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As Trump questions intelligence community, Senators want U.S. to be more aggressive against cyber threats

McCain

By Steve Bittenbender
Editor, Government Security News

On Thursday, members of the Senate Armed Services Committee met for the first time since the presidential election to gather testimony regarding the cyberattacks that have since dominated news coverage after Donald Trump’s victory in November.

The purpose, according to Sen. John McCain, wasn’t to undermine that outcome. However, while the committee chairman echoed Trump’s and President Obama’s calls to move forward, committee members also put the President-Elect on notice that they will conduct more hearings and expect more aggressive action against Russia as well as other countries and organizations seeking to attack the country’s IT infrastructure.

“There is no escaping the fact that this committee meets today for the first time in this new Congress in the aftermath of an unprecedented attack on our democracy,” said McCain, an Arizona Republican.

Director of National Intelligence James Clapper, Defense Undersecretary for Intelligence Marcel Lettre and Adm. Michael Rogers, the director of the National Security Agency and commander of the U.S. Cyber Command, testified at the hearing. The trio also issued a joint statement beforehand saying more than 30 countries are building up their abilities to conduct cyberattacks.

But, for the most part, the focus Thursday was on Russia.

“Russia is a full-scope cyber actor that poses a major threat to U.S. government, military, diplomatic, commercial and critical infrastructure and key resource networks because of its highly advanced offensive cyber program and sophisticated tactics, techniques and procedures,” the three said in their joint statement, noting that the foreign power also has used such attacks to influence public opinion across Europe.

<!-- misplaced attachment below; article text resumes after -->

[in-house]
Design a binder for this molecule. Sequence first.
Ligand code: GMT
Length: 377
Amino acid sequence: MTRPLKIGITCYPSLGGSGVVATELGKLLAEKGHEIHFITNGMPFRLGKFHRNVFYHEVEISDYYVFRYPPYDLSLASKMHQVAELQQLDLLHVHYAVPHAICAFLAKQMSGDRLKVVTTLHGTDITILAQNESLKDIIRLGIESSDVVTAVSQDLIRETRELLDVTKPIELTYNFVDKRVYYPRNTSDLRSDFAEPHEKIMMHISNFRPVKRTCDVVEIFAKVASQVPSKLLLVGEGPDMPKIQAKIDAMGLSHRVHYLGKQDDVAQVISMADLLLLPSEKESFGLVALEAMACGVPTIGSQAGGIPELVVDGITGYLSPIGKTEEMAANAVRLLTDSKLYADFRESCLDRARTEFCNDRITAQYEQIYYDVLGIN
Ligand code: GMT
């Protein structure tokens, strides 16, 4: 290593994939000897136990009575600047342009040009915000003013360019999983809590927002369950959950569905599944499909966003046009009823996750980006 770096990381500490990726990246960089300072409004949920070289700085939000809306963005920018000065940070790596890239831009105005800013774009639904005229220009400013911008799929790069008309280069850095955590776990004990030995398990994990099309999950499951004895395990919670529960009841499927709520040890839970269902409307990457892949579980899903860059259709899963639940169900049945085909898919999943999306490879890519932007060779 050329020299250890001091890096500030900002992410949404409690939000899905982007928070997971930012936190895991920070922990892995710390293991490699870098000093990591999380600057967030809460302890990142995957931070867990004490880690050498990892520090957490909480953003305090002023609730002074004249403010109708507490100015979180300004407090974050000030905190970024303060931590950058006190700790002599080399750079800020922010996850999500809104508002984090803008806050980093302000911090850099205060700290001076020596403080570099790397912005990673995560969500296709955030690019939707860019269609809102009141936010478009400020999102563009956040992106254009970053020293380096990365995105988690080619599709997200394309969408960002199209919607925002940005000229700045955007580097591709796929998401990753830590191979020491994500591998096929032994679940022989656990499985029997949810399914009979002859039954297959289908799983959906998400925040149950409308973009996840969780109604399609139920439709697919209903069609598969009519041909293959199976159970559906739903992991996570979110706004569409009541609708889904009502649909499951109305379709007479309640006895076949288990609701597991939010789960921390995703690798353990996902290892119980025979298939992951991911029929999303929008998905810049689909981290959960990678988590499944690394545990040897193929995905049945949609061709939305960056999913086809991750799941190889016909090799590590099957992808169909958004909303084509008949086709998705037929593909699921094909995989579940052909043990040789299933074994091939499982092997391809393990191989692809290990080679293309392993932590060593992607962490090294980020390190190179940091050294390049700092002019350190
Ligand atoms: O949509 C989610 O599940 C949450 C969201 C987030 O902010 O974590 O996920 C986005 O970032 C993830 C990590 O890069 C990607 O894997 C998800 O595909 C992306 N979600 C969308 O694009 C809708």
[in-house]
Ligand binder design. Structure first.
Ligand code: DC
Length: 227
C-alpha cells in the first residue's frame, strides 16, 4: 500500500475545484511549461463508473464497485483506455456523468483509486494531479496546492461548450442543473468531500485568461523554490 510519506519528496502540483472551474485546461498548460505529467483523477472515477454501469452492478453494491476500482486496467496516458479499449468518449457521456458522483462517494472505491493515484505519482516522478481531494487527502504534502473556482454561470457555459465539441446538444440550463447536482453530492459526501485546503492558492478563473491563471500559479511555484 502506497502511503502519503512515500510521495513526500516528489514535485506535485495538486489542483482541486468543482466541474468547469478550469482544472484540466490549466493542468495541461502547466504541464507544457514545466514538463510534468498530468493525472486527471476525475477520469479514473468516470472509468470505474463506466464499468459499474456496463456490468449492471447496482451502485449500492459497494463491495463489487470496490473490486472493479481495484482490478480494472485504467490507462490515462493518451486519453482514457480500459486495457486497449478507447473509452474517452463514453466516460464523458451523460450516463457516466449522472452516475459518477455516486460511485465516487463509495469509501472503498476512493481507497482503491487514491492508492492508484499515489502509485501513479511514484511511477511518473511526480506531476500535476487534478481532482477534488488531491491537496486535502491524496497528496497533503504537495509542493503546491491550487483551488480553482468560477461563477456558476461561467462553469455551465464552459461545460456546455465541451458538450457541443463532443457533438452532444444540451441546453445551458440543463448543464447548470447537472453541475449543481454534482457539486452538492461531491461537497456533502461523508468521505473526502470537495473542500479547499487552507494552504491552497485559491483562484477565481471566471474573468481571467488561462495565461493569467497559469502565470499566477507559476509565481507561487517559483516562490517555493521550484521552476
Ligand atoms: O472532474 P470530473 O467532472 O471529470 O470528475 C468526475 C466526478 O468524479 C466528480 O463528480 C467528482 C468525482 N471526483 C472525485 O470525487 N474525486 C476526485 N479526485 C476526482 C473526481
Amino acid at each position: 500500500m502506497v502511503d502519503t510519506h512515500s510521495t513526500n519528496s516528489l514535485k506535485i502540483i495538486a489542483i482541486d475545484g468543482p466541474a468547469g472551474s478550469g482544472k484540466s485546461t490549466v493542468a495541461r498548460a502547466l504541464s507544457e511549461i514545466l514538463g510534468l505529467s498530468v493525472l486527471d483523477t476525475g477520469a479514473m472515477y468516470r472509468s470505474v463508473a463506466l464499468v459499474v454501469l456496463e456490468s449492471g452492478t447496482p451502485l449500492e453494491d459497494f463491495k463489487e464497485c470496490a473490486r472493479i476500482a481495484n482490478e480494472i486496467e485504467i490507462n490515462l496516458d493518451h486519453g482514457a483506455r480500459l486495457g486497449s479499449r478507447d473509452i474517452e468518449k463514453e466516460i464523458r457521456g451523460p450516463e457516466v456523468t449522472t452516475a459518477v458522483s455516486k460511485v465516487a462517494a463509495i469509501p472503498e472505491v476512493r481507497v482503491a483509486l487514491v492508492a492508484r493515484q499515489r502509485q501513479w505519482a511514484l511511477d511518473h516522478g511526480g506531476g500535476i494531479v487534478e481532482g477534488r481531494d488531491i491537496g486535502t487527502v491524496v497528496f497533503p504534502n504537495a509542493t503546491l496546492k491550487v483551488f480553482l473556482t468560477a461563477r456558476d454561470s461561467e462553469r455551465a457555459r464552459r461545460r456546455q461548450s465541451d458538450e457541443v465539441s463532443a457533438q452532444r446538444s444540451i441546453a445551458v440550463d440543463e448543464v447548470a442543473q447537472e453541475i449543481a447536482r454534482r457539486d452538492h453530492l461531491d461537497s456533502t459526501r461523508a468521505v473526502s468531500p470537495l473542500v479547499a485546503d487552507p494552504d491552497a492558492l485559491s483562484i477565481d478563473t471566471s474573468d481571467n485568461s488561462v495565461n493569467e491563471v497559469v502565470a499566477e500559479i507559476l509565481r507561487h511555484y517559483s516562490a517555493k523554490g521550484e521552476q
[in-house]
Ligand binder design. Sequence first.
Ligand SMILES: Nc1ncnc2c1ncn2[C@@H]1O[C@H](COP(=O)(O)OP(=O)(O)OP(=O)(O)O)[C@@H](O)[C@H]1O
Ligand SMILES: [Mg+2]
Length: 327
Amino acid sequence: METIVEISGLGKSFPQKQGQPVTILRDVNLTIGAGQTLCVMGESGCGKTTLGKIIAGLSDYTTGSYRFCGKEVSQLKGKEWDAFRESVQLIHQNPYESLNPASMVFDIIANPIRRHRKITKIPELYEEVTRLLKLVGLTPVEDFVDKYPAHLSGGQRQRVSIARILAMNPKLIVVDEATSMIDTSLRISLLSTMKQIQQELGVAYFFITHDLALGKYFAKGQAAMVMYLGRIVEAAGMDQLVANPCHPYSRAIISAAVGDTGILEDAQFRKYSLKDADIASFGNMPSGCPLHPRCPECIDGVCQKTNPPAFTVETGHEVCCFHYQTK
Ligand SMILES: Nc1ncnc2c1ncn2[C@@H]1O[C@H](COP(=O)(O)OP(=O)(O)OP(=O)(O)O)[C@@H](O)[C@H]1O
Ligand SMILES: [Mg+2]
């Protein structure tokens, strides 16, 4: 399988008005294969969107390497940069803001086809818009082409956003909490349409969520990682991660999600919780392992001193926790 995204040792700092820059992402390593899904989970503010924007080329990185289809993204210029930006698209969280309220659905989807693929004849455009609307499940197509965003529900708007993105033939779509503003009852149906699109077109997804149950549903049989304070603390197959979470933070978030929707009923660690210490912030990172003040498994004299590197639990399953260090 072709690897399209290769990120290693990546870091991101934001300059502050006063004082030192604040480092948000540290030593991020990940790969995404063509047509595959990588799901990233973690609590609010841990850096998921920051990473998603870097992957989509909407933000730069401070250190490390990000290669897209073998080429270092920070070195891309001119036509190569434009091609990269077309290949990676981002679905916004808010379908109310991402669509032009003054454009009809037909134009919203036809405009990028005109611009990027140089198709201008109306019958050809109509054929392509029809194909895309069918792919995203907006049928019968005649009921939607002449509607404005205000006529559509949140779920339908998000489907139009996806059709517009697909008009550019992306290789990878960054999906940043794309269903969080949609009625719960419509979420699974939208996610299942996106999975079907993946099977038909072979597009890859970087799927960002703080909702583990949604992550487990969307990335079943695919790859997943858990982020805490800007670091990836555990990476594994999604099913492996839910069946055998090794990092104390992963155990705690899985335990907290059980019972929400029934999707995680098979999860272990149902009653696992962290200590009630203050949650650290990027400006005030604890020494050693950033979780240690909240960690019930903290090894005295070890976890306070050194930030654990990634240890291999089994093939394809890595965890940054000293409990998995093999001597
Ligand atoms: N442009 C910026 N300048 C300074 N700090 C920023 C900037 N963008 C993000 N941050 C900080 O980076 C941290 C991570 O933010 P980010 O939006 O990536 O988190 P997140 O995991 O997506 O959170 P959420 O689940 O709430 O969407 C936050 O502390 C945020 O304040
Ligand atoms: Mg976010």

Further, the three said that Russia may use cyberattacks in the future as a first-strike capability to knock out another country’s infrastructure or disrupt its command and control capabilities before potentially moving on to other military tactics.

Intelligence officials have issued reports detailing how Russian leaders backed efforts to hack into servers storing Democratic National Committee and Hillary Clinton’s campaign documents and emails. In addition, U.S. authorities also claim that the Russians also help disseminate “fake news” articles designed to further undermine the Democrat’s chance.

Clapper told the committee that intelligence officials will release another report detailing why Russian President Vladimir Putin authorized the attacks. However, he noted that Russia had more than one reason to get involved.

Sen. Lindsey Graham compared the sanctions recently levied against Russia by President Obama as a pebble, and the South Carolina Republican said he’s ready to throw a rock.

“Putin’s up to no good and he better be stopped,” Graham said.

However, while Graham and other lawmakers and officials want harsher penalties against Russia, Trump may go in the other direction. The President-elect continues to question publicly, through his Twitter account, whether the intelligence community is correct about Russian interference. Further, he praised Putin for being smart in holding off on immediately countering Obama’s sanctions.

Sen. Jack Reed, the committee’s ranking Democrat, asked the three officials if they have been engaged with the Trump transition team, which according to media reports, is considering a reorganization of the country’s intelligence-gathering infrastructure. Clapper replied that they had not been involved.

McCain, in his opening remarks, said that foreign threats see little risk in attacking our infrastructure and wants the Trump administration to come up with policies that will make those threats think twice.

“This appearance of weakness has been provocative to our adversaries, who have attacked us again and again, with growing severity,” he said. “Unless we demonstrate that the costs of attacking the United States outweigh the perceived benefits, these cyber threats will only grow.”

 

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